Michel de Montaigne Biography, Life, Interesting Facts
Childhood And Early Life
French Renaissance philosopher Michel Eyquem de Montaigne was born on the 28 February 1533 in Château de Montaigne, Saint-Michel-de-Montaigne, France. He was born into a wealthy, noble French family. His father was Pierre Eyquem de Montaigne, and his mother was Antoinette Louppes de Villeneuve. Michel de Montaigne was the eldest of eight children.
Michel de Montaigne grew up in an erudite household with his father insisting that initially his son is taught only in Latin by tutors at home. When he was six, he became a pupil at the College de Guyenne, Bordeaux.
Michel de Montaigne worked as a magistrate in the Cour des Aides de Périgueux which dealt with taxation matters from around 1557. He also worked in the Bordeaux Parlement, part of the court of justice. It was around this time that he met Etienne La Boétie and formed a close friendship with him until Boétie died in 1563. The death of his friend was his inspiration of one of his later essays entitled Of Friendship.
A French translation of Natural Theology by Raymond Sebond published in 1569 was his first book.
His father died in 1570 and Montaigne inherited his father’s title as well as becoming steward of his estate. A fact his mother was said to have resented as she had expected to be in charge of her husband’s demise.
Michel de Montaigne retired in 1571 and took up residence at the castle of Montaigne where he concentrated on his writing and research. During this time he wrote the first two books of his essays which were published in 1850. After the publications of the Essays, he visited Italy, Germany, and Switzerland, writing his Journal de Voyage to document what he saw and experienced. (This was never intended for publication in his lifetime and was only published in 1774).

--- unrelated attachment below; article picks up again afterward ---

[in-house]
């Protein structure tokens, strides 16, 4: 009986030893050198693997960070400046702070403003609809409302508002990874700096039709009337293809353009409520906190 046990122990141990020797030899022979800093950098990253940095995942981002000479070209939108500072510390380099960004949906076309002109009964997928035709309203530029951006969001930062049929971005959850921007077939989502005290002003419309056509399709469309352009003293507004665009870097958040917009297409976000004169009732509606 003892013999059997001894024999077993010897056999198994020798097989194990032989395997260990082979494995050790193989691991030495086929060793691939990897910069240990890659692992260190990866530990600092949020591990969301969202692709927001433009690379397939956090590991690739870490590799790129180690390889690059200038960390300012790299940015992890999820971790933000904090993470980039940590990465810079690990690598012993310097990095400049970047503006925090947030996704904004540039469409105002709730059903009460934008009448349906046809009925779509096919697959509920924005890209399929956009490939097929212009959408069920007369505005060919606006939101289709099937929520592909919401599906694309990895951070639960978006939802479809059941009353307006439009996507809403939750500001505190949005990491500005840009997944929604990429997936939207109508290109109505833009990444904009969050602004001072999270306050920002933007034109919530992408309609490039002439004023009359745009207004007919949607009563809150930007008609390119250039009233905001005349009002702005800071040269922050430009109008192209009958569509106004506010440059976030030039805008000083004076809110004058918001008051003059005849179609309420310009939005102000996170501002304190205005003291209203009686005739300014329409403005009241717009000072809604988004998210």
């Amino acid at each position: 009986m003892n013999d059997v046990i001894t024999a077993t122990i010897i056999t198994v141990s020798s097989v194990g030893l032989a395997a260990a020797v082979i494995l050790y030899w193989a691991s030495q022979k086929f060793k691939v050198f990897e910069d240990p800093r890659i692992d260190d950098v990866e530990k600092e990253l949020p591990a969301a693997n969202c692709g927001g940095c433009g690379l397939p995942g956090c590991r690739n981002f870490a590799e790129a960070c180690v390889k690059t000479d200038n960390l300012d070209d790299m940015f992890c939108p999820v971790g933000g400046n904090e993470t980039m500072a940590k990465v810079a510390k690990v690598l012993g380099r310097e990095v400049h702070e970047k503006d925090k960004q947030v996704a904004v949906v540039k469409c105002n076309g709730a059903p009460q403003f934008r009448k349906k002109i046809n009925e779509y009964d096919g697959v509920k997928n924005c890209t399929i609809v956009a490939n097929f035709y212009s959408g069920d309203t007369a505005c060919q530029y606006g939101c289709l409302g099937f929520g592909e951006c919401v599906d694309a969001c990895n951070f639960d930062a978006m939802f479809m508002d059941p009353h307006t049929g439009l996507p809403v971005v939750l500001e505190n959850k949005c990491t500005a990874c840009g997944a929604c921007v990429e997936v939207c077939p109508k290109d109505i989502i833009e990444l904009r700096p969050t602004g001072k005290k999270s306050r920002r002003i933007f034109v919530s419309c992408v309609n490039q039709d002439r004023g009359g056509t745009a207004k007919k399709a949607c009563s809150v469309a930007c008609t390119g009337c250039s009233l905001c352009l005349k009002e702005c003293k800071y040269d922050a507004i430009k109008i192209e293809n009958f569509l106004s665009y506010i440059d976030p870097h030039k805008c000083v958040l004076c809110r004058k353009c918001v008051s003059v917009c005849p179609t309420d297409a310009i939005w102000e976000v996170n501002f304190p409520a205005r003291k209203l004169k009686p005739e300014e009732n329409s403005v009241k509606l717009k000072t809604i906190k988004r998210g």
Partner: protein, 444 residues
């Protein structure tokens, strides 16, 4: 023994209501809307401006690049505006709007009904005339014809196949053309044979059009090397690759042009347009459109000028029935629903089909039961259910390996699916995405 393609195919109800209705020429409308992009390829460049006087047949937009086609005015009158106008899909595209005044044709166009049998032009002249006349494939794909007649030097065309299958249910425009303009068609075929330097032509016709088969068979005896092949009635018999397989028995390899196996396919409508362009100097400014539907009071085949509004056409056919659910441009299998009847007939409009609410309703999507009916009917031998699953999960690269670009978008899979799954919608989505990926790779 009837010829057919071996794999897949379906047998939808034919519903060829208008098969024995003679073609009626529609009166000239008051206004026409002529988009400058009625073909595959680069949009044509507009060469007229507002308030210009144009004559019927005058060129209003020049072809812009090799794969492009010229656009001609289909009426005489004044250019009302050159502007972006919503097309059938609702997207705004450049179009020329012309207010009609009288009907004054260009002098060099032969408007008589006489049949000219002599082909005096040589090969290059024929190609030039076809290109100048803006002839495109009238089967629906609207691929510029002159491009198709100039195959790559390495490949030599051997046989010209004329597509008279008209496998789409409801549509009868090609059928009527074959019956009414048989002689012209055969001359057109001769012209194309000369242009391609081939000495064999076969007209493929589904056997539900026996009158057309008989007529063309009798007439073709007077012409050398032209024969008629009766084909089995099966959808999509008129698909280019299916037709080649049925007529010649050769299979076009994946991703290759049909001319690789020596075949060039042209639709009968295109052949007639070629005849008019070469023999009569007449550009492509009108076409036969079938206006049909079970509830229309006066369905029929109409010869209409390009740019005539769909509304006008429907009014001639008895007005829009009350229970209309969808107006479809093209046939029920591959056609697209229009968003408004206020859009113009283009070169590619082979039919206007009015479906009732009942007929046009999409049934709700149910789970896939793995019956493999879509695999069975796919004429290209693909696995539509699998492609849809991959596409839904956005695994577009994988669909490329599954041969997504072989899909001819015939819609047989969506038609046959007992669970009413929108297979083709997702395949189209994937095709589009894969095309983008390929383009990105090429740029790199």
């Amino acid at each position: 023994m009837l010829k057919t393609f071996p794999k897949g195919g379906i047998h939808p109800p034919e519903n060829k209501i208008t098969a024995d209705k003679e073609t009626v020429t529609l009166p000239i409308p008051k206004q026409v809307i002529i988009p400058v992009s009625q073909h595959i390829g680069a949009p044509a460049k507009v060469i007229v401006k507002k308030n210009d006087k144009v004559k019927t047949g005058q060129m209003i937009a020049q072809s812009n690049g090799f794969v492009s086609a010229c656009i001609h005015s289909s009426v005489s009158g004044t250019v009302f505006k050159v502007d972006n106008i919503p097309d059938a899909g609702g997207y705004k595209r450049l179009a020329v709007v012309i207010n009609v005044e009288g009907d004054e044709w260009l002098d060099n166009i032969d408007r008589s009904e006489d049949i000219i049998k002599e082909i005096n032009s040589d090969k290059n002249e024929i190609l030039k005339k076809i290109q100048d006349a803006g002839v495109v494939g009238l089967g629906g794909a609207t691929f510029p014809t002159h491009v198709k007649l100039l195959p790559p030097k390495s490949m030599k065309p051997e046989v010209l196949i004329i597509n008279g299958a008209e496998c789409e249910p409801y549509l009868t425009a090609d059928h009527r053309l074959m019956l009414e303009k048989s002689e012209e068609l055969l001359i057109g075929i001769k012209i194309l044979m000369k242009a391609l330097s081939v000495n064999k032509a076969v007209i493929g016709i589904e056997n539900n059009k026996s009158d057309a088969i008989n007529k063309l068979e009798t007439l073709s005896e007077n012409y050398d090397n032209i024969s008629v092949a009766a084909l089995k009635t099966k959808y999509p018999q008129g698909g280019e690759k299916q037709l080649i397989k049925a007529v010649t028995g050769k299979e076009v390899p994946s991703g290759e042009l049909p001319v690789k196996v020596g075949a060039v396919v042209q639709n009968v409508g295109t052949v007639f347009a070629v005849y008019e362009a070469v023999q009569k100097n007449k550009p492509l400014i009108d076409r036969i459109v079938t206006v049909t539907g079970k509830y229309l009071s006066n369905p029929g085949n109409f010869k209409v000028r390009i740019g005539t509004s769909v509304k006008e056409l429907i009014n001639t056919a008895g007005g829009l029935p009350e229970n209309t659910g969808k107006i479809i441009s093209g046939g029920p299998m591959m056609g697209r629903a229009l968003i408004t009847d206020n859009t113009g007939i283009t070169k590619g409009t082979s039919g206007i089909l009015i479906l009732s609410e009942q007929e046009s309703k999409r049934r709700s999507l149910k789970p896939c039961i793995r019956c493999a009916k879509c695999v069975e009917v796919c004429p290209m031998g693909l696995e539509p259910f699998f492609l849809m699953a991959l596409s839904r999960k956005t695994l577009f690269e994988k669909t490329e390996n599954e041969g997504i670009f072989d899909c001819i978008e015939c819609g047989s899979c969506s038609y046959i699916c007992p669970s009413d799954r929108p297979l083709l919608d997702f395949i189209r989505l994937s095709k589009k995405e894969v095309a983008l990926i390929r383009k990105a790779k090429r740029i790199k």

In 1581 he was appointed the Mayor of Bordeaux by King Henry III, a position he held until 1585. His role as mayor meant acting as a mediator between Catholic and Protestant tensions in Bordeaux, and he was also mayor when a third of the population was wiped out by the plague which swept through the country.
By 1587 Michel de Montaigne started working again on his Essays. The following years were fraught with political upheaval in France and Montaigne’s health began to break down. The following year he published the fifth edition of the Essays known as the Bordeaux Copy. This fifth edition included the third book of essays he had been working on between 1585-1587.
Awards And Achievements
Michel de Montaigne was awarded the Order of Saint-Michel.
Michel de Montaigne married Françoise de la Chassaigne, and the couple had six children together. Only one of their children survived infancy.
He was appointed as Gentleman of the King’s Ordinary Chamber in 1571.
Michel de Montaigne died at the age of fifty-nine in 1592. The cause of death was quinsy, a complication of tonsillitis.
Michel de Montaigne was born into a Roman Catholic family, and although some family members converted to Protestantism, he remained a Catholic.
Michel de Montaigne is credited with his development of the essay and other literary innovations. He is considered one of the most important philosophers of the French Renaissance.
Diseases And Disabilities
Suffered from kidney stones and used to travel to spas to find pain relief. His father had suffered from a similar ailment.
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